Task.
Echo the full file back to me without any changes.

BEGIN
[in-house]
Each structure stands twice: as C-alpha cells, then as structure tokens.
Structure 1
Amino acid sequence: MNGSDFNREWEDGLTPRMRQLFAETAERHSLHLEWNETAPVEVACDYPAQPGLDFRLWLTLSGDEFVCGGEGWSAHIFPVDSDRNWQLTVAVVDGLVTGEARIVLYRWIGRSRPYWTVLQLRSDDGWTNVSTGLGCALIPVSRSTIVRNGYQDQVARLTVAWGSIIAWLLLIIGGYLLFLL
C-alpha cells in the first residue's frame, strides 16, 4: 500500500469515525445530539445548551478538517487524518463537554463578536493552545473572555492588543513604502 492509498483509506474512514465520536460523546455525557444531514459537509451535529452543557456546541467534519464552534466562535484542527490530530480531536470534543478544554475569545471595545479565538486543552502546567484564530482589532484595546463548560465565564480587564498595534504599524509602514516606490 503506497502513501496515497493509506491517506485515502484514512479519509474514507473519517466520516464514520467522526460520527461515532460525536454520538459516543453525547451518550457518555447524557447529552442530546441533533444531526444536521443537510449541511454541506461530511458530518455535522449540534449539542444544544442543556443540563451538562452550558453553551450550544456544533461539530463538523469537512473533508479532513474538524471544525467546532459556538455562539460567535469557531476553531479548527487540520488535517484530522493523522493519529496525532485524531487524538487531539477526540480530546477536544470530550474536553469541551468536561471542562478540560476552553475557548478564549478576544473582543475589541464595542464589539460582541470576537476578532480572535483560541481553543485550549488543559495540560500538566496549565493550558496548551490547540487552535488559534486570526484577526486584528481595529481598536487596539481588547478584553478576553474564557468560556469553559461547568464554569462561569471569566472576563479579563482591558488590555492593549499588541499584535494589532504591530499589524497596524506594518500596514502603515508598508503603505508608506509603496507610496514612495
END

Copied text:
[in-house]
Each structure stands twice: as C-alpha cells, then as structure tokens.
Structure 1
Amino acid sequence: MNGSDFNREWEDGLTPRMRQLFAETAERHSLHLEWNETAPVEVACDYPAQPGLDFRLWLTLSGDEFVCGGEGWSAHIFPVDSDRNWQLTVAVVDGLVTGEARIVLYRWIGRSRPYWTVLQLRSDDGWTNVSTGLGCALIPVSRSTIVRNGYQDQVARLTVAWGSIIAWLLLIIGGYLLFLL
C-alpha cells in the first residue's frame, strides 16, 4: 500500500469515525445530539445548551478538517487524518463537554463578536493552545473572555492588543513604502 492509498483509506474512514465520536460523546455525557444531514459537509451535529452543557456546541467534519464552534466562535484542527490530530480531536470534543478544554475569545471595545479565538486543552502546567484564530482589532484595546463548560465565564480587564498595534504599524509602514516606490 503506497502513501496515497493509506491517506485515502484514512479519509474514507473519517466520516464514520467522526460520527461515532460525536454520538459516543453525547451518550457518555447524557447529552442530546441533533444531526444536521443537510449541511454541506461530511458530518455535522449540534449539542444544544442543556443540563451538562452550558453553551450550544456544533461539530463538523469537512473533508479532513474538524471544525467546532459556538455562539460567535469557531476553531479548527487540520488535517484530522493523522493519529496525532485524531487524538487531539477526540480530546477536544470530550474536553469541551468536561471542562478540560476552553475557548478564549478576544473582543475589541464595542464589539460582541470576537476578532480572535483560541481553543485550549488543559495540560500538566496549565493550558496548551490547540487552535488559534486570526484577526486584528481595529481598536487596539481588547478584553478576553474564557468560556469553559461547568464554569462561569471569566472576563479579563482591558488590555492593549499588541499584535494589532504591530499589524497596524506594518500596514502603515508598508503603505508608506509603496507610496514612495